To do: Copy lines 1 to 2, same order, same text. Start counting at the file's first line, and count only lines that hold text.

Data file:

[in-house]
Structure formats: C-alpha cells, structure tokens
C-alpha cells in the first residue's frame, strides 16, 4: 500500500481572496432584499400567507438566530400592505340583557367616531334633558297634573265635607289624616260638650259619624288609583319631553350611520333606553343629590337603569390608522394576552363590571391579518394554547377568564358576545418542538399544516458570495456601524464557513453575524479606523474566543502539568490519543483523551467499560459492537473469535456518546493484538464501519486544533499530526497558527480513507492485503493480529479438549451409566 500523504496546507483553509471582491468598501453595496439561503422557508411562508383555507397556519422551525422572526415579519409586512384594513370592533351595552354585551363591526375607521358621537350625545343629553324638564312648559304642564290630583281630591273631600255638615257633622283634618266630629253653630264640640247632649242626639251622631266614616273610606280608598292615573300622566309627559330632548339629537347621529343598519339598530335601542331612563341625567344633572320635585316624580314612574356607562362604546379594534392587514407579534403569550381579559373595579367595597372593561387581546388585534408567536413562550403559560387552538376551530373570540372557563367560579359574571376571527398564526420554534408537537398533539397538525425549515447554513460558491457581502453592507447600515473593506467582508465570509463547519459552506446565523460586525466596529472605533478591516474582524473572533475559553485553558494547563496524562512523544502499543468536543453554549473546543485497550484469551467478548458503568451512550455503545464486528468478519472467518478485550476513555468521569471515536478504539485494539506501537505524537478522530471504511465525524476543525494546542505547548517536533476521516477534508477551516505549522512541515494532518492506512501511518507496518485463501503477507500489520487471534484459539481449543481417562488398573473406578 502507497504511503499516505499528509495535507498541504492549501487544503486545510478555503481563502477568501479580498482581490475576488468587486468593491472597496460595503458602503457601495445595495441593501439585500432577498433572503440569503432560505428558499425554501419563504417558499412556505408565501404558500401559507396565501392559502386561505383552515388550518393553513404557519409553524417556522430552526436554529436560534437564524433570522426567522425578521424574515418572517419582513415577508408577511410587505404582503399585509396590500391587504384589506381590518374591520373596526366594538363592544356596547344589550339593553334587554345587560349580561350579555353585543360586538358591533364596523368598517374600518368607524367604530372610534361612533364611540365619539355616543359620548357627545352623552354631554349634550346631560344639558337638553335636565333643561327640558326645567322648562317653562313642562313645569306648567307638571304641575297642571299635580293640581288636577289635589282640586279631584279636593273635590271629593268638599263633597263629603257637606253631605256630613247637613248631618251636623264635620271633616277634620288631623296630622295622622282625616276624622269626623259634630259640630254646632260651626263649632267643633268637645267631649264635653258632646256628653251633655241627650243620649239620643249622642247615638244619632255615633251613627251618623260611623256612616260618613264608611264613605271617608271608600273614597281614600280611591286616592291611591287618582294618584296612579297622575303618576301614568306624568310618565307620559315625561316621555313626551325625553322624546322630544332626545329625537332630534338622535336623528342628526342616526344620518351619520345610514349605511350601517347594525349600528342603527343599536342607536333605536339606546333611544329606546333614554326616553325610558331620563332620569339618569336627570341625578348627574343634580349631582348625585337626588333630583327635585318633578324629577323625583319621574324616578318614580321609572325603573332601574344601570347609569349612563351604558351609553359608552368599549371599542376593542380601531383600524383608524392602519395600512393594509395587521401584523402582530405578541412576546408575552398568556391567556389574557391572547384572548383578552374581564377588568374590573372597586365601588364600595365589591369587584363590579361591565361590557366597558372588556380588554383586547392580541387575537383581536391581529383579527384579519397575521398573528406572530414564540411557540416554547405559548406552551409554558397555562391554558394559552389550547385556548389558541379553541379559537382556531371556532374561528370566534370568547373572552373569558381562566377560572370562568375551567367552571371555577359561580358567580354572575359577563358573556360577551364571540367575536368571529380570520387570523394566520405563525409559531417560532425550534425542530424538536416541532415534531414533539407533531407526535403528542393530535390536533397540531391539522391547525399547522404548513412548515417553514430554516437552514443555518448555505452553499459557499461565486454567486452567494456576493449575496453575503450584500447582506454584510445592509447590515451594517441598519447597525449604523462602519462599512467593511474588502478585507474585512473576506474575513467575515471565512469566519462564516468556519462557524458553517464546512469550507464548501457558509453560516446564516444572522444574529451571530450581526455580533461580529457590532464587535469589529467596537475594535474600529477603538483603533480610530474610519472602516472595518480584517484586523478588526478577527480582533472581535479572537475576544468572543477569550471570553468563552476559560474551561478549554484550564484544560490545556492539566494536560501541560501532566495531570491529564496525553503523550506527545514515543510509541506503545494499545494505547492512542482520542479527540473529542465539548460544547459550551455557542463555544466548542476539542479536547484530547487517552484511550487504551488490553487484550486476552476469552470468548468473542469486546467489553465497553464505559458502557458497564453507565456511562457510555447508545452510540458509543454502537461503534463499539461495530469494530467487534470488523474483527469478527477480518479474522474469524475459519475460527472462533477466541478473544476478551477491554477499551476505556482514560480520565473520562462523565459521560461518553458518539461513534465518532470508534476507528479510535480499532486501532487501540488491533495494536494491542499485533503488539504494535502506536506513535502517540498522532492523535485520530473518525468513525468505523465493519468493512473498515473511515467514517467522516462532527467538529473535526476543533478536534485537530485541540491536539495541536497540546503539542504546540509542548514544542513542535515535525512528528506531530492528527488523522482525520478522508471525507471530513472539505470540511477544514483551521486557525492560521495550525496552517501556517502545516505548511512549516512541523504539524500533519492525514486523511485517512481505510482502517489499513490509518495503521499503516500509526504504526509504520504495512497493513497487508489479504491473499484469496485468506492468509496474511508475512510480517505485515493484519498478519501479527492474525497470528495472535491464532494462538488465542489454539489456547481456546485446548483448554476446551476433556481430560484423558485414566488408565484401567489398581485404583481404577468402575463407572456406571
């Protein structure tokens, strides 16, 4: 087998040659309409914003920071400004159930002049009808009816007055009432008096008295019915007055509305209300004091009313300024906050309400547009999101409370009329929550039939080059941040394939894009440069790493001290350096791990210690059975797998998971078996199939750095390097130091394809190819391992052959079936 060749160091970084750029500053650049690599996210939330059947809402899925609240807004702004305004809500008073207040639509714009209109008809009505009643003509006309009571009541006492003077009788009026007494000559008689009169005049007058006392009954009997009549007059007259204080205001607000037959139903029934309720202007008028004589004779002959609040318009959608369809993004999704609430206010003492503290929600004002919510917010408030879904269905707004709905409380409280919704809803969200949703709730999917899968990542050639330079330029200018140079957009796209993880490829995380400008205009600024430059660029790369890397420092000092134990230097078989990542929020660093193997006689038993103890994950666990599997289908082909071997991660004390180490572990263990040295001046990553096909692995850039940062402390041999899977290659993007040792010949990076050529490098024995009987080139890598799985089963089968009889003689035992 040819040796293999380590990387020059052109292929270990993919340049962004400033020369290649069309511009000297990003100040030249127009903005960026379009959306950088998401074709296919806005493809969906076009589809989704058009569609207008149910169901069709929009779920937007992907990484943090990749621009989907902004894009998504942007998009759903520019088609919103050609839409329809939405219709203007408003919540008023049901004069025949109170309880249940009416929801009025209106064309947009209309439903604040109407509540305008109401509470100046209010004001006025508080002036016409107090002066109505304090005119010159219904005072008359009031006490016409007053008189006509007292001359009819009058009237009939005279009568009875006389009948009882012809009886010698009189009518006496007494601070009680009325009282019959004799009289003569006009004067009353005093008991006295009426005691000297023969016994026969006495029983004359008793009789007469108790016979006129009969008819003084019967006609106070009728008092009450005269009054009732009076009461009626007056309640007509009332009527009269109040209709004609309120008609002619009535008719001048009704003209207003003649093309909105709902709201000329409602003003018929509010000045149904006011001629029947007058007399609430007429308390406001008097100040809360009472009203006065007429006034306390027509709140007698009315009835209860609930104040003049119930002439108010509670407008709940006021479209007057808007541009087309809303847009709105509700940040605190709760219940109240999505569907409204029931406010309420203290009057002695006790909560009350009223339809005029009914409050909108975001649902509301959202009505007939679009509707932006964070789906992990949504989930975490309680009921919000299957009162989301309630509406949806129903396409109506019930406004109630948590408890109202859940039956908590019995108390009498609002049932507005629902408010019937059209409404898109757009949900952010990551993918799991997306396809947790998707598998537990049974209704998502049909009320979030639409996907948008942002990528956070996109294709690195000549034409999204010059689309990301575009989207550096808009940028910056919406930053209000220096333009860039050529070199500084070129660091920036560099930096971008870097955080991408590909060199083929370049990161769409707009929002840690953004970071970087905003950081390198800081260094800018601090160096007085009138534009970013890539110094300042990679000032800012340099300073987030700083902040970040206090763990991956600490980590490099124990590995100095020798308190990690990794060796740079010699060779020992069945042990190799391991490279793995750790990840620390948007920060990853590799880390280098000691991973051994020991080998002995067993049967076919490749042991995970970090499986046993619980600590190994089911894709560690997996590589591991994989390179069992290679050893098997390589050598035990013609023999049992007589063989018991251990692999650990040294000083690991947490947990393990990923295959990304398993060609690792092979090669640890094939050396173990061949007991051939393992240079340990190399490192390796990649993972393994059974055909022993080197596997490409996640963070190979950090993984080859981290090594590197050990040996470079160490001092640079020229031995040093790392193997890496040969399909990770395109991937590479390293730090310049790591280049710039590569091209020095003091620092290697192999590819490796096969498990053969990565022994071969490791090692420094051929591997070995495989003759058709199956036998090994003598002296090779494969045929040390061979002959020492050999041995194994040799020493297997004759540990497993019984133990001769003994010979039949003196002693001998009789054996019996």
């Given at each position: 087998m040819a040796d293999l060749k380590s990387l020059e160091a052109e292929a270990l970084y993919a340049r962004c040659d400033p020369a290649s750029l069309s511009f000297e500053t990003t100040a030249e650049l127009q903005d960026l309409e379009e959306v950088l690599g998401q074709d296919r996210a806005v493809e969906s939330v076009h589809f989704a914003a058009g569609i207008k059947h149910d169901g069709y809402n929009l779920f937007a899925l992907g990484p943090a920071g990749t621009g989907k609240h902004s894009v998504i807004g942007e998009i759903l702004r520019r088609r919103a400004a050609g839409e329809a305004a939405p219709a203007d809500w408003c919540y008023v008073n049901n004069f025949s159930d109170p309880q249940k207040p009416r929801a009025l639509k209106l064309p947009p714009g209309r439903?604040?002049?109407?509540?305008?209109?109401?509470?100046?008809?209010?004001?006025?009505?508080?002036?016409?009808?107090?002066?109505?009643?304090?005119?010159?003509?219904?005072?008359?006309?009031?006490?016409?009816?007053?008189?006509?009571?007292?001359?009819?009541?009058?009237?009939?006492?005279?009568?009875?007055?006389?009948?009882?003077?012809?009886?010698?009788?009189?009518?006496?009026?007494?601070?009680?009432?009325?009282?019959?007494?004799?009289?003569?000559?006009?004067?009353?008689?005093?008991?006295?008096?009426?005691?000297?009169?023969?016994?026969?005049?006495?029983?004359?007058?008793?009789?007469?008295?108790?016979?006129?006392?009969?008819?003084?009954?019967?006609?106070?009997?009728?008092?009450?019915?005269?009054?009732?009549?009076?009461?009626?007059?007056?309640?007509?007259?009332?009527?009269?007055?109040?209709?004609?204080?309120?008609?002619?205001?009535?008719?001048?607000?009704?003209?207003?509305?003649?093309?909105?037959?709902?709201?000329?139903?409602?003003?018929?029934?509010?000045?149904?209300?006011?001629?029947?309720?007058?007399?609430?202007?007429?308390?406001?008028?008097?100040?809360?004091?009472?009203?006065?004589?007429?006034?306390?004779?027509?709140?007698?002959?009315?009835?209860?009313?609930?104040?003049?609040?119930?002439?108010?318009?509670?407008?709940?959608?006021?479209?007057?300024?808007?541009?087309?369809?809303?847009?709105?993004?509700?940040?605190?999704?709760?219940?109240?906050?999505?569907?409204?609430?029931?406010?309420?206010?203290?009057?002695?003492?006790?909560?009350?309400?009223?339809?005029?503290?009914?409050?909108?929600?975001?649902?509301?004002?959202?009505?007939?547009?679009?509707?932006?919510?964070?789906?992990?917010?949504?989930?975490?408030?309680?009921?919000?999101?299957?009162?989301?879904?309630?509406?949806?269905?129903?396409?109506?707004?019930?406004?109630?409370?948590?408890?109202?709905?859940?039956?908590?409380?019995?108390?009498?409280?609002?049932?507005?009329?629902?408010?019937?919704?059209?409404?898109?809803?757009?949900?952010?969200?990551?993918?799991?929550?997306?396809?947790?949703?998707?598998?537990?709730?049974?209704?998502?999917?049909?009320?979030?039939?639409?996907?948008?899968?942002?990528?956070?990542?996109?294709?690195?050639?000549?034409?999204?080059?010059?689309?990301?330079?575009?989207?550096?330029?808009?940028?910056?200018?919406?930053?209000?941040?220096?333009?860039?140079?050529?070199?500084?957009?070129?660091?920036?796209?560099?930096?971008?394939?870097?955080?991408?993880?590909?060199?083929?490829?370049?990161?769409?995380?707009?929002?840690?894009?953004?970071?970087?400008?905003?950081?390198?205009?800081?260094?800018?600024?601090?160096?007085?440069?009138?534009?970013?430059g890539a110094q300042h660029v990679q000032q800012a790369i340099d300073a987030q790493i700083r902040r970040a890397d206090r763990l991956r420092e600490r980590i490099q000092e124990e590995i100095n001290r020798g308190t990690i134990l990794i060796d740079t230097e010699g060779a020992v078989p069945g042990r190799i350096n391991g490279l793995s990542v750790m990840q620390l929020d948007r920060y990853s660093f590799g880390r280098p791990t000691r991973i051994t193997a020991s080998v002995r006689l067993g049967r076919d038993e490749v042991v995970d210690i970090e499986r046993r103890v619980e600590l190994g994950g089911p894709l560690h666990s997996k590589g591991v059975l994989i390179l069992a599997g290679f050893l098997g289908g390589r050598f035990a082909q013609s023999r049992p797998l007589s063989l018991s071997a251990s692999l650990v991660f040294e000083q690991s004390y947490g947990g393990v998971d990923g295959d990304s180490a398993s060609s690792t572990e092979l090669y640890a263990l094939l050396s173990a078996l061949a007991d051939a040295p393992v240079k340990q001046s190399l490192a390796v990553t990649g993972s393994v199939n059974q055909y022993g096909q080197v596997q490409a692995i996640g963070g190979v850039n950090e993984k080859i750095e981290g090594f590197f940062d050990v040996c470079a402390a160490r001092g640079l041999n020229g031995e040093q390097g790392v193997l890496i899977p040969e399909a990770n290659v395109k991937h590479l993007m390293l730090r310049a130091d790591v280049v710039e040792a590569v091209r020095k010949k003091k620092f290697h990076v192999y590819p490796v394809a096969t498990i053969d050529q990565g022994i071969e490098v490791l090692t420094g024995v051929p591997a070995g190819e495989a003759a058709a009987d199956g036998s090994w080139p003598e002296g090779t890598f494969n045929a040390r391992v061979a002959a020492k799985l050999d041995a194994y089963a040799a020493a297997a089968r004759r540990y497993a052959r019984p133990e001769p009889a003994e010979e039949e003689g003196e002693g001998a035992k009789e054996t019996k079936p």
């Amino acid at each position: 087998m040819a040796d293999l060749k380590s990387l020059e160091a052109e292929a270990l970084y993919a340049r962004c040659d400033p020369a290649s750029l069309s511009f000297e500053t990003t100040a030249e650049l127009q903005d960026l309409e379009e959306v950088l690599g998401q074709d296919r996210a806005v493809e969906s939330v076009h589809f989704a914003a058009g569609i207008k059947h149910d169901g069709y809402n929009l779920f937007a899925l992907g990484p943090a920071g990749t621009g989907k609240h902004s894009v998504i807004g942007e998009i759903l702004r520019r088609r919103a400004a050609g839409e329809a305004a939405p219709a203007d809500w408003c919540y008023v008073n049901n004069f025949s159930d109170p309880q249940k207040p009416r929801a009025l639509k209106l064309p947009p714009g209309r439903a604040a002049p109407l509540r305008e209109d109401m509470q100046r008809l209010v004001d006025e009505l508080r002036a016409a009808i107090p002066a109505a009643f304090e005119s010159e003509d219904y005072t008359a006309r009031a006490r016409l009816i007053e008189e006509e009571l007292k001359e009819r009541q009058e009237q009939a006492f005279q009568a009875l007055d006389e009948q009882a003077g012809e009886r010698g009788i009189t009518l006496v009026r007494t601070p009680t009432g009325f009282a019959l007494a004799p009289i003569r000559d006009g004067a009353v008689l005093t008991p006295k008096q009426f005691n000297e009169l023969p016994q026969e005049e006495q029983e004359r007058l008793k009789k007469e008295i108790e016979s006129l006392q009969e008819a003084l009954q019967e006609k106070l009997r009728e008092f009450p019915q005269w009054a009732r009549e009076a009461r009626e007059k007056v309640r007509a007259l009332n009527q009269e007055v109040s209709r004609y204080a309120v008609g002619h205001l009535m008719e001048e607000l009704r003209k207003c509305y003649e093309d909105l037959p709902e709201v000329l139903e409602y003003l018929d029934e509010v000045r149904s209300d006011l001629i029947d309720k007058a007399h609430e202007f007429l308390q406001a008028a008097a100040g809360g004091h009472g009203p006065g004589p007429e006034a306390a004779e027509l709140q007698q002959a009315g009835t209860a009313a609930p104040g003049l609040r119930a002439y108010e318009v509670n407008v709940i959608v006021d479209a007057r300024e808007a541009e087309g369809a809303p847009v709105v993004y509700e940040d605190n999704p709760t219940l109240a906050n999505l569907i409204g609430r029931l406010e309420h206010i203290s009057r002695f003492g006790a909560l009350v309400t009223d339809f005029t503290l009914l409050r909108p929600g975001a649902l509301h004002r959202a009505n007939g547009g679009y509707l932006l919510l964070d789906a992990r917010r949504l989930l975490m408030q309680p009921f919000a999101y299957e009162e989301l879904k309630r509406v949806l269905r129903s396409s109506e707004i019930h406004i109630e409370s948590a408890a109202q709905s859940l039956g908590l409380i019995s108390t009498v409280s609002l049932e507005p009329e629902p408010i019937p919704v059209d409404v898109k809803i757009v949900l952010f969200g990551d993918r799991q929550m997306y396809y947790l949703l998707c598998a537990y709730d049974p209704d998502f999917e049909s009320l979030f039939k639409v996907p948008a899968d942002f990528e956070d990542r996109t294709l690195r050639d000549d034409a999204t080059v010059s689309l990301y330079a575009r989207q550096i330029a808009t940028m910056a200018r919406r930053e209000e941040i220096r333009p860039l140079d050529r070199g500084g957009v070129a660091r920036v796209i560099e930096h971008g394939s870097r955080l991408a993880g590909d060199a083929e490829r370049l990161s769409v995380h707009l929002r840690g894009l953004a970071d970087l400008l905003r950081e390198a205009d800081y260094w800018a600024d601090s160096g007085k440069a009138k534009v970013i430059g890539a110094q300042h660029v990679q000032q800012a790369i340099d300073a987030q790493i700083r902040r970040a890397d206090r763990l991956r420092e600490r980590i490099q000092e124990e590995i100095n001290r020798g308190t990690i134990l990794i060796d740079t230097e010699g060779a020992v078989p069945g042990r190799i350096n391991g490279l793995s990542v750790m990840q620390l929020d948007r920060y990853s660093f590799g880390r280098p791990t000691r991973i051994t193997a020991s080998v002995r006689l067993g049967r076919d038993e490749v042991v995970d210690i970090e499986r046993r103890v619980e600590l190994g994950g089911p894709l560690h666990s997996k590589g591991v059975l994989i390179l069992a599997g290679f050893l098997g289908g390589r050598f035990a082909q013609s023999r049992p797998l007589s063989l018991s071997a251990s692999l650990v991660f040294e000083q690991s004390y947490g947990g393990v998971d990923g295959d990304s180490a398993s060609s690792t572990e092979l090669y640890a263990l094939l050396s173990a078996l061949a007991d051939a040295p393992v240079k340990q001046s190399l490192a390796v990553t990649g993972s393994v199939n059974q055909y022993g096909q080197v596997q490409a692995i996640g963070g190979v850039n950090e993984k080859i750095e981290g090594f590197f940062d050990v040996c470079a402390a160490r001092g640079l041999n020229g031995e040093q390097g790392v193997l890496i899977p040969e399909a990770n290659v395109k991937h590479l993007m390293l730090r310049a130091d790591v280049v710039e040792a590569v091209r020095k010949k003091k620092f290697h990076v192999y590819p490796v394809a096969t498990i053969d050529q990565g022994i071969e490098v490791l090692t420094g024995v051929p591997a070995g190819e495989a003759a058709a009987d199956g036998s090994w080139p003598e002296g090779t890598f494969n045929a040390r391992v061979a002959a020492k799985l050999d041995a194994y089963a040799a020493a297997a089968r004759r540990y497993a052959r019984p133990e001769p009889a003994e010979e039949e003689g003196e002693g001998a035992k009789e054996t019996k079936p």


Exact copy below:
[in-house]
Structure formats: C-alpha cells, structure tokens